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Despite tiramisu’s simple recipe, its origin story isn’t so straightforward. 

Gillie Houston
December 03, 2018
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With rich, pillowy cocoa-topped layers of sweetened mascarpone and ladyfingers dipped in espresso, it’s no wonder that tiramisu has become one of Italy and the world’s most iconic desserts. And while this classic dish, with a name that translates to “pick me up” or “cheer me up,” is guaranteed to do just that to anyone who consumes it, making a truly authentic Italian tiramisu can be harder than you’d think.

While there are countless modern adaptations of this universally beloved treat—from Lemon Tiramisu, to S’mores Tiramisu, and even stout-infused Beeramisu—nothing can quite compare to the classic Italian version, which calls for a short and unfussy list of ingredients. However, despite tiramisu’s simple recipe, its origin story isn’t so straightforward. 

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Unlike the cannoli or sfogliatelle, the tiramisu hasn’t been a huge part of Italian food culture for centuries, and despite the dish’s ubiquity the origin of tiramisu has been a matter of debate for as long as the dessert has been gracing menus. By some accounts, the credit for the invention of tiramisu goes to an Italian chef and restaurateur named Speranza Garatti, who served the dish under the name “il coppa imperiale” beginning in the early 1960s. However, another restaurateur named Ado Campeol allegedly adapted Garatti’s original dessert and renamed it “tiramisu,” thereby establishing his restaurant as the true birthplace of the famed dessert. Yet, both claims could be false, as some Italian historians have suggested the origin of the dessert goes all the way back 17th century Siena, when it was made for a celebration in honor of a grand duke.

In spite of its mysterious origins, tiramisu first made its way to the U.S. in the 1980s, and was quickly popularized by chefs like Lidia Bastianich, who said the dessert was reminiscent of one her grandmother would make in her childhood referred to as “tira me su.”

While the identity of the true inventor of tiramisu might never be settled, what’s indisputable among Italian chefs is the authentic way of making this classic. Though over the years the dessert has been adapted to incorporate ingredients like whipped cream, nuts, alcoholic spirits, Nutella, chocolate, and much more, the purist’s tiramisu is far less complicated.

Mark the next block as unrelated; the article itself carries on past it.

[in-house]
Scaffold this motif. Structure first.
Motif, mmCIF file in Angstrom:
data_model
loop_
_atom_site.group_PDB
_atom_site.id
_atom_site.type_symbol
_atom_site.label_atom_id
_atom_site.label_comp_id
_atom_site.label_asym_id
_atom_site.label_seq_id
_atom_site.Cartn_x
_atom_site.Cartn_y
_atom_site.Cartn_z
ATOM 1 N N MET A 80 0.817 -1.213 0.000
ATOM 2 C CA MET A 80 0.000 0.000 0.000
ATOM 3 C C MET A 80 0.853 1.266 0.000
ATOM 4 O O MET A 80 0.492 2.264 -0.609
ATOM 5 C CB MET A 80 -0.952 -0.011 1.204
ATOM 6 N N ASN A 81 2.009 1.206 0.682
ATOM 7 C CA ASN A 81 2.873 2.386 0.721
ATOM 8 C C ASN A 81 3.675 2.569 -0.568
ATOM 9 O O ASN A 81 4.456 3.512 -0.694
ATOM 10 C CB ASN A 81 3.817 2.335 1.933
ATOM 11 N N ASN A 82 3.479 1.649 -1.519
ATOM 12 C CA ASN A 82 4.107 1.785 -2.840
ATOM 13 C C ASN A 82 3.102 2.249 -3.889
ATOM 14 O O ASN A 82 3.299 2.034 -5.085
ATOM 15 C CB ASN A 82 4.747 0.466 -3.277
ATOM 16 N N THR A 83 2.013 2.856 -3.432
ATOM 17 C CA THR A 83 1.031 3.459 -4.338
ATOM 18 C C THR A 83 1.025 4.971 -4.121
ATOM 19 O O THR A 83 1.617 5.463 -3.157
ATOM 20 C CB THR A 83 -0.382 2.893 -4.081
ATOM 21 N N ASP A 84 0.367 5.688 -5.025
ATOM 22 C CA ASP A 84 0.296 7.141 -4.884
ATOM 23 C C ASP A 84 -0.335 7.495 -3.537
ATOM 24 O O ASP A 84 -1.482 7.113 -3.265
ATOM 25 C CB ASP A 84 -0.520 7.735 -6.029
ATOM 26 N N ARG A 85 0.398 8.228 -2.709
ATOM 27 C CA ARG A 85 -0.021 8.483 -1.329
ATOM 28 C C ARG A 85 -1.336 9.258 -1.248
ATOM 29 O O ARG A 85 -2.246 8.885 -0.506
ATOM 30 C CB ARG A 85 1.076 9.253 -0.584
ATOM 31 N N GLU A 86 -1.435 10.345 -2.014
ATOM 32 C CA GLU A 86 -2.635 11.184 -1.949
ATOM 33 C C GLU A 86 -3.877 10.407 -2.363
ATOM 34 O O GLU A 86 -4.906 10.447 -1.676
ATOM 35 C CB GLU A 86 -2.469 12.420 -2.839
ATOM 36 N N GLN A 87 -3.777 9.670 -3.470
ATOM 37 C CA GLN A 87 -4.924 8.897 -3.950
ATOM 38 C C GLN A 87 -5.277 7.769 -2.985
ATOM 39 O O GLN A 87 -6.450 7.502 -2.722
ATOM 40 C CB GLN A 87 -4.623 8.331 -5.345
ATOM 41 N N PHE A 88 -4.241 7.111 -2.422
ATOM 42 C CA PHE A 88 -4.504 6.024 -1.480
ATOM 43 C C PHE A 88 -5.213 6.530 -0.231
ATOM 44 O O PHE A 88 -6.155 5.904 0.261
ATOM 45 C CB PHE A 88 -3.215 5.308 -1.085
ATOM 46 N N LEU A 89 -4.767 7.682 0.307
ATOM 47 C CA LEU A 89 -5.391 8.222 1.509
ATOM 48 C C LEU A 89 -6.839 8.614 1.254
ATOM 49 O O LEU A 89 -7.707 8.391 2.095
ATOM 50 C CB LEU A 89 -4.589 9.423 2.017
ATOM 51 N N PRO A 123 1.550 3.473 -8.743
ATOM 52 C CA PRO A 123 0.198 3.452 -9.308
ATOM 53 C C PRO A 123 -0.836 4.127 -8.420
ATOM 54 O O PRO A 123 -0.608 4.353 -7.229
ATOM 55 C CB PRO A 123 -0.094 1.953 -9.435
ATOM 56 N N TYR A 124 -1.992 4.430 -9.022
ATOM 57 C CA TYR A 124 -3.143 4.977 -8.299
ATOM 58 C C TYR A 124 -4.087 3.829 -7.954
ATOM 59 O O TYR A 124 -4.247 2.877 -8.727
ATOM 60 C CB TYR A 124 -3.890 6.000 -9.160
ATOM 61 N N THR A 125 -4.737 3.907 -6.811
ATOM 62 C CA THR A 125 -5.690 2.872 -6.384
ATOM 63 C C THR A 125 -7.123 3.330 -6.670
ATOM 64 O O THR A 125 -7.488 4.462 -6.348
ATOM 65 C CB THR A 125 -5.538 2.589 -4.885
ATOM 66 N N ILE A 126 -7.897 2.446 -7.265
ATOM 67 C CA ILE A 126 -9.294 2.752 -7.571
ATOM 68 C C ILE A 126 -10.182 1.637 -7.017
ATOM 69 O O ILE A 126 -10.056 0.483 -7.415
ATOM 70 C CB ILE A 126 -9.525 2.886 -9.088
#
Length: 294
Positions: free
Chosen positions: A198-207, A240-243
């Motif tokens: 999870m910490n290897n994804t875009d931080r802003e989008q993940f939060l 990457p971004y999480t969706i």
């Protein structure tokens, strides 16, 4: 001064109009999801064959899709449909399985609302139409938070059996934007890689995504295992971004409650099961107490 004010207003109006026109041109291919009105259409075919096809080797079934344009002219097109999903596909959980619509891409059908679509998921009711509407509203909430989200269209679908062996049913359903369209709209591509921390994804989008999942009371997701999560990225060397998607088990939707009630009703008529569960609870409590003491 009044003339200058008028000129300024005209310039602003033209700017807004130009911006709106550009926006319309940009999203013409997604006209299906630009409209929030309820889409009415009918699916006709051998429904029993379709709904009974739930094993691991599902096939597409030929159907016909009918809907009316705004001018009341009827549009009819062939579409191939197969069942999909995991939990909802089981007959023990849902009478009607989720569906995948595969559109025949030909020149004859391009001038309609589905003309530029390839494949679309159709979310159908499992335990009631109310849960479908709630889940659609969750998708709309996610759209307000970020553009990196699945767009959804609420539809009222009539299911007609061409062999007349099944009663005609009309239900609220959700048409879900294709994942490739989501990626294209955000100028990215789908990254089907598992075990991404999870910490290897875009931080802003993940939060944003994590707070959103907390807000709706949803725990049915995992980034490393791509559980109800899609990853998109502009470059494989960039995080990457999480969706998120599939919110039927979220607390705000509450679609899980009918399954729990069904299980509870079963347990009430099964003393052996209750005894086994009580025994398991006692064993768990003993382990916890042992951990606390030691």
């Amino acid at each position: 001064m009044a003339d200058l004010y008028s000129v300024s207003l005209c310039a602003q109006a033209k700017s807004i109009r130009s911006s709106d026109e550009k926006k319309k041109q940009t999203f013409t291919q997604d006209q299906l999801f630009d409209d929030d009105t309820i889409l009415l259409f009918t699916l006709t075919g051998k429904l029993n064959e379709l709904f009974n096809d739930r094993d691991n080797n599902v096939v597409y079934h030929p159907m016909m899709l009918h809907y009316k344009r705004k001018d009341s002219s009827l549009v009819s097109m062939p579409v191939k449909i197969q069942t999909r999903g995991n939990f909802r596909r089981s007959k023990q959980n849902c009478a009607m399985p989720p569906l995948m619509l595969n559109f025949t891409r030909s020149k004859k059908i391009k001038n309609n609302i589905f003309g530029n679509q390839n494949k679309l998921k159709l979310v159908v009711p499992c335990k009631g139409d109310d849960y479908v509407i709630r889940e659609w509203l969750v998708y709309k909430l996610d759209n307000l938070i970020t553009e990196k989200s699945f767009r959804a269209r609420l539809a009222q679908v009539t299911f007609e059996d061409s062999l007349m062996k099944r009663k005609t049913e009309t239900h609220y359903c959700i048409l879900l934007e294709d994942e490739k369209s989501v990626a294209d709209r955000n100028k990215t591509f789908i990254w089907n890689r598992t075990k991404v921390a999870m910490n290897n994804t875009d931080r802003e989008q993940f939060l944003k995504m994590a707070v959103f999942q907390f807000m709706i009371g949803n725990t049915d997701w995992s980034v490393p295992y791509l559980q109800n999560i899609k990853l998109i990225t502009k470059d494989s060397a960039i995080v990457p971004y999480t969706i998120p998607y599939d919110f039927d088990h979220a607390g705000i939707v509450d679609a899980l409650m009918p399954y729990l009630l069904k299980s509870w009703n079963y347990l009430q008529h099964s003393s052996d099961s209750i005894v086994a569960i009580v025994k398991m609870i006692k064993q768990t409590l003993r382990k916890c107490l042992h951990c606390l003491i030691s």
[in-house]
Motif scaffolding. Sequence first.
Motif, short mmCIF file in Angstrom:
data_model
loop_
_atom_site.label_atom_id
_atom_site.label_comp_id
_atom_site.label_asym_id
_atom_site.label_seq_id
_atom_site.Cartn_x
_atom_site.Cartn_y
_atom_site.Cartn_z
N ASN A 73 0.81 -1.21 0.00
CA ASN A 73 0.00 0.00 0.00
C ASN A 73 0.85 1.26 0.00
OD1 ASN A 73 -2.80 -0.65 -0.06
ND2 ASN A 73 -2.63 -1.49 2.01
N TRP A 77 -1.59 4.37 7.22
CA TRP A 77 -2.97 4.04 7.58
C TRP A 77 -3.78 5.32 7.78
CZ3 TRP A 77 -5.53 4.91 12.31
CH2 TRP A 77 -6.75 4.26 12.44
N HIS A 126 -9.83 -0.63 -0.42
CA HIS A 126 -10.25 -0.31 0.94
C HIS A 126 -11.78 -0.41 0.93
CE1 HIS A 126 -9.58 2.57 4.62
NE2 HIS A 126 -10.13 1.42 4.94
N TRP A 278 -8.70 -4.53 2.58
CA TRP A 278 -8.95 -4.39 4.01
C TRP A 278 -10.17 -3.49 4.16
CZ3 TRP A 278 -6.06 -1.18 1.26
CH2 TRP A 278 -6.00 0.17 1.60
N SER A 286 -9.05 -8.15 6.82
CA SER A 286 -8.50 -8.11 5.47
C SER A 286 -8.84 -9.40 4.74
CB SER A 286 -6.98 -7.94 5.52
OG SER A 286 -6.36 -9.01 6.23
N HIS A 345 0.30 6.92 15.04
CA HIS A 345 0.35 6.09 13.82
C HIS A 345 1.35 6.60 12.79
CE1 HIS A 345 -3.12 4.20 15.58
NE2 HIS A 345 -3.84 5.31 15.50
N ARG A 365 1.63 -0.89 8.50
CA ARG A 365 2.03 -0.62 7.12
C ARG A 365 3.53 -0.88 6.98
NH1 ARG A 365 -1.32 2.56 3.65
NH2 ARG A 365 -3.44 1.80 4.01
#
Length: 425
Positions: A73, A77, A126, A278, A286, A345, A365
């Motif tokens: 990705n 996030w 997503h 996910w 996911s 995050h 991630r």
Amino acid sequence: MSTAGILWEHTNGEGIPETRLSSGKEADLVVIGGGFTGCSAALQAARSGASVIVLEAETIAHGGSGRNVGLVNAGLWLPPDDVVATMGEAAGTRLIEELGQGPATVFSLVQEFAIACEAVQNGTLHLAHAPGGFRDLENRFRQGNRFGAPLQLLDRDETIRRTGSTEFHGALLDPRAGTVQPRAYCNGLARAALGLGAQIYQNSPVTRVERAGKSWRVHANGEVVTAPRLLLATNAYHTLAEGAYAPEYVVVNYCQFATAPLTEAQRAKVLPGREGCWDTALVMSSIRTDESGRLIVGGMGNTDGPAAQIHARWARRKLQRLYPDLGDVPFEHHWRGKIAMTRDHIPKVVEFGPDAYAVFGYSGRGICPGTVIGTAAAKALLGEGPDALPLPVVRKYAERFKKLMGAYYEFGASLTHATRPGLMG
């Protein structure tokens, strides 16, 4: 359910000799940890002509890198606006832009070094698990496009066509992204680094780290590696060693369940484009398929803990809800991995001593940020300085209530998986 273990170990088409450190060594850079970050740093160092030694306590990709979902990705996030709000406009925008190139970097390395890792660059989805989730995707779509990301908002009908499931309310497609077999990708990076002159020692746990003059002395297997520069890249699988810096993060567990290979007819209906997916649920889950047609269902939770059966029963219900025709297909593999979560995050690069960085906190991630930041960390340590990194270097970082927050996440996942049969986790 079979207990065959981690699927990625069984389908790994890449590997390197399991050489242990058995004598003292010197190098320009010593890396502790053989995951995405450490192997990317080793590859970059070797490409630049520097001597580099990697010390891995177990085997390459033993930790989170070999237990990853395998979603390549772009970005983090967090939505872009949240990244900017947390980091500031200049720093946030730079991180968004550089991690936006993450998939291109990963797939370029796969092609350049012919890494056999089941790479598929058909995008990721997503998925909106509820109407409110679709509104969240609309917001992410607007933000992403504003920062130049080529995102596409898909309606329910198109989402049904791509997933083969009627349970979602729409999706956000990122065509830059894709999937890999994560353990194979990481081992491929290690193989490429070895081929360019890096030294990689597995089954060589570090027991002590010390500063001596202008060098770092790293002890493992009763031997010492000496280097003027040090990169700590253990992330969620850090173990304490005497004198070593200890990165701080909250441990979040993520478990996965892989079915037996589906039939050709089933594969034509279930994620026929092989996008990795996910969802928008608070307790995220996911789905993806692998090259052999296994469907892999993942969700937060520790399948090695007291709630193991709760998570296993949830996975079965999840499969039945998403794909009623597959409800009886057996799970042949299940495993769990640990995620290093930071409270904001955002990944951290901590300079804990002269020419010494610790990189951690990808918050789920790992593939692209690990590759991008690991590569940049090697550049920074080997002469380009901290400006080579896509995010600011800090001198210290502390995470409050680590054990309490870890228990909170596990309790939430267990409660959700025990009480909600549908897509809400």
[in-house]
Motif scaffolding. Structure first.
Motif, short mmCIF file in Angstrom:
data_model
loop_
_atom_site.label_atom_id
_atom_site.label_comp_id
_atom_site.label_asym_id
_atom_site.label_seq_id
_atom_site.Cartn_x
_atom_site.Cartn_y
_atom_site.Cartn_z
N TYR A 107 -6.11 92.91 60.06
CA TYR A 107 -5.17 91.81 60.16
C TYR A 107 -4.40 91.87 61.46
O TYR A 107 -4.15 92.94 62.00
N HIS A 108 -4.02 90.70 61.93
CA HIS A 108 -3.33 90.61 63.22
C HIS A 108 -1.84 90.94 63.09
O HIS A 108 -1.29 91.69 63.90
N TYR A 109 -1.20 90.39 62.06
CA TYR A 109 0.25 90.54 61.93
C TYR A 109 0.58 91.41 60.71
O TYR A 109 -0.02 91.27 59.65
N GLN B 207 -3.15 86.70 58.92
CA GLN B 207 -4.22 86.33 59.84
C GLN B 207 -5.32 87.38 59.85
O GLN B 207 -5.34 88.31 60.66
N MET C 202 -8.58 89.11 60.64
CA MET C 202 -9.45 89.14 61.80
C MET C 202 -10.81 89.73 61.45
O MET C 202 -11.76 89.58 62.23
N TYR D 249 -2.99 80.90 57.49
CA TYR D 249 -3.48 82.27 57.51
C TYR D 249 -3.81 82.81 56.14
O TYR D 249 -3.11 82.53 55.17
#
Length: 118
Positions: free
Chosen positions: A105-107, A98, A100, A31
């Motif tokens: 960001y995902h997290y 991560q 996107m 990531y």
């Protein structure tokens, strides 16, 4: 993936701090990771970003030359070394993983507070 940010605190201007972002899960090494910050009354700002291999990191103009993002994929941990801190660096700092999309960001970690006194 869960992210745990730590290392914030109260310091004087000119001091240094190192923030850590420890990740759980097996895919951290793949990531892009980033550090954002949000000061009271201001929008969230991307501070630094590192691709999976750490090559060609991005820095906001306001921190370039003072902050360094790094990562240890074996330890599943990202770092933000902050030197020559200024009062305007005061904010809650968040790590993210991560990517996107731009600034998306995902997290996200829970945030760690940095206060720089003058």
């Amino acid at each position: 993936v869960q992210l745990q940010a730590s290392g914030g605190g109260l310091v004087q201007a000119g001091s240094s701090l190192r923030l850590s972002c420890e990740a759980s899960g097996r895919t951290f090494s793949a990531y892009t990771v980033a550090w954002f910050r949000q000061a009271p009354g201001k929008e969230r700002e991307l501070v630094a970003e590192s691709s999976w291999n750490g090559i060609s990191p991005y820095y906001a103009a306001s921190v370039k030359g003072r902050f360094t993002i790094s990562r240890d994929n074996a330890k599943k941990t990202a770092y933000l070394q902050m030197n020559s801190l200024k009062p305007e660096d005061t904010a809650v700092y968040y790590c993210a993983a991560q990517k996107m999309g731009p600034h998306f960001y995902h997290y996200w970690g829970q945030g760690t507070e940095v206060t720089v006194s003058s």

The first rule in creating a truly authentic tiramisu is to keep the ingredient list short and simple. Your tiramisu should consist of just ladyfingers (aka savoiardi), mascarpone cheese, egg yolks, granulated sugar, espresso, and cocoa powder. Note that the classic tiramisu recipe doesn’t incorporate heavy whipping cream or other flavor or texture additives like many modern recipes.

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Though the shape of the biscuits might favor a square or rectangular pan, the classic tiramisu shape is circular, and is typically prepared in a clear dish to properly display the beautiful layers.

To begin crafting your dessert, beat together 1/4 cup sugar and 6 egg yolks until they’ve doubled in volume, and then whisk in 2 cups of mascarpone cheese a few tablespoons at a time until the mixture has become smooth and creamy. Separately beat together 4 egg whites and ¼ cup sugar until they form stiff peaks; then fold the egg white into the mascarpone, which will add the signature lightness to the indulgent mixture. 

Pour your espresso or dark Italian coffee—which has been freshly brewed and cooled to room temperature—into a shallow dish and begin to dip one side of your ladyfingers (which can be purchased online or in the bakery aisle of the grocery store) into the liquid. Be careful to not entirely soak the biscuit, which will result in a soggy final product. Line the bottom of your dish with the coated ladyfingers until completely covered, and spread a layer of the mascarpone mixture over the finger-shaped cakes. Then, dust the layer with cocoa powder before repeating this process again, ultimately using between 36-48 ladyfingers depending on the size of your serving dish.

Once you’ve reached the top of your dish, cover the tiramisu and let it refrigerate for a minimum of 3 hours, but preferably 8 or more, which will allow the biscuits to soften from the mascarpone and espresso, creating a delicately spongy cake. While a dash of liqueur in the mascarpone mixture or chocolate shavings on top are not uncommon, getting the most authentic taste of one of Italy’s most famous dishes is all about keeping it super simple.

For those who are weary of consuming raw eggs, opt for a modernized take like this recipe, which utilizes whipping cream in place of the egg. Or, if you’re ready to completely throw away the rulebook, try an adventurous adaptation like Tiramisu Ice Cream Cake, Pumpkin-Espresso Tiramisu, Mango Tiramisu with Raspberry Sauce, or Tiramisu Bread Pudding. Whichever way to eat it—traditional or outside the box—we’re pretty certain you won’t get any complaints from anyone who gets a slice. 

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